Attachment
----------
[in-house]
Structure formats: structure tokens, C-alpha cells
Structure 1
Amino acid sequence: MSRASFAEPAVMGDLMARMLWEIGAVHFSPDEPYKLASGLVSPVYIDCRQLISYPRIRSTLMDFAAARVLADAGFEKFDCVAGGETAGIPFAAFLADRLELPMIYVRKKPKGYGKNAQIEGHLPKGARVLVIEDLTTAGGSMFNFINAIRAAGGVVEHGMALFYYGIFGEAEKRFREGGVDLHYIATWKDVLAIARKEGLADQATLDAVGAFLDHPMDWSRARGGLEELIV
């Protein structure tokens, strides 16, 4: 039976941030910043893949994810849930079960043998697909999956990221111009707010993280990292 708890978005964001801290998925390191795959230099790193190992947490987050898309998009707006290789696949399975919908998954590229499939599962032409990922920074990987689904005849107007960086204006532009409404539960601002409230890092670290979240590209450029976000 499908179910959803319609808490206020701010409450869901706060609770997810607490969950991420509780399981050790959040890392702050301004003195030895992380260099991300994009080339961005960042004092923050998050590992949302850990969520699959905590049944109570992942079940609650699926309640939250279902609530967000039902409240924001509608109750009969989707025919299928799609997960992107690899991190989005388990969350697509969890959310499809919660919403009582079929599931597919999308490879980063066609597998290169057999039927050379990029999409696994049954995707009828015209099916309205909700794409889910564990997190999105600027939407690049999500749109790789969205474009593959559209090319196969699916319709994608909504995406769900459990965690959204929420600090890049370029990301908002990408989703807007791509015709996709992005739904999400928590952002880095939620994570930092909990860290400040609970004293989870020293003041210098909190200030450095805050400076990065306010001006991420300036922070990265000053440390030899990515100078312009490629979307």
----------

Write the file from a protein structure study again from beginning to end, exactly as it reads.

[in-house]
Structure formats: structure tokens, C-alpha cells
Structure 1
Amino acid sequence: MSRASFAEPAVMGDLMARMLWEIGAVHFSPDEPYKLASGLVSPVYIDCRQLISYPRIRSTLMDFAAARVLADAGFEKFDCVAGGETAGIPFAAFLADRLELPMIYVRKKPKGYGKNAQIEGHLPKGARVLVIEDLTTAGGSMFNFINAIRAAGGVVEHGMALFYYGIFGEAEKRFREGGVDLHYIATWKDVLAIARKEGLADQATLDAVGAFLDHPMDWSRARGGLEELIV
């Protein structure tokens, strides 16, 4: 039976941030910043893949994810849930079960043998697909999956990221111009707010993280990292 708890978005964001801290998925390191795959230099790193190992947490987050898309998009707006290789696949399975919908998954590229499939599962032409990922920074990987689904005849107007960086204006532009409404539960601002409230890092670290979240590209450029976000 499908179910959803319609808490206020701010409450869901706060609770997810607490969950991420509780399981050790959040890392702050301004003195030895992380260099991300994009080339961005960042004092923050998050590992949302850990969520699959905590049944109570992942079940609650699926309640939250279902609530967000039902409240924001509608109750009969989707025919299928799609997960992107690899991190989005388990969350697509969890959310499809919660919403009582079929599931597919999308490879980063066609597998290169057999039927050379990029999409696994049954995707009828015209099916309205909700794409889910564990997190999105600027939407690049999500749109790789969205474009593959559209090319196969699916319709994608909504995406769900459990965690959204929420600090890049370029990301908002990408989703807007791509015709996709992005739904999400928590952002880095939620994570930092909990860290400040609970004293989870020293003041210098909190200030450095805050400076990065306010001006991420300036922070990265000053440390030899990515100078312009490629979307």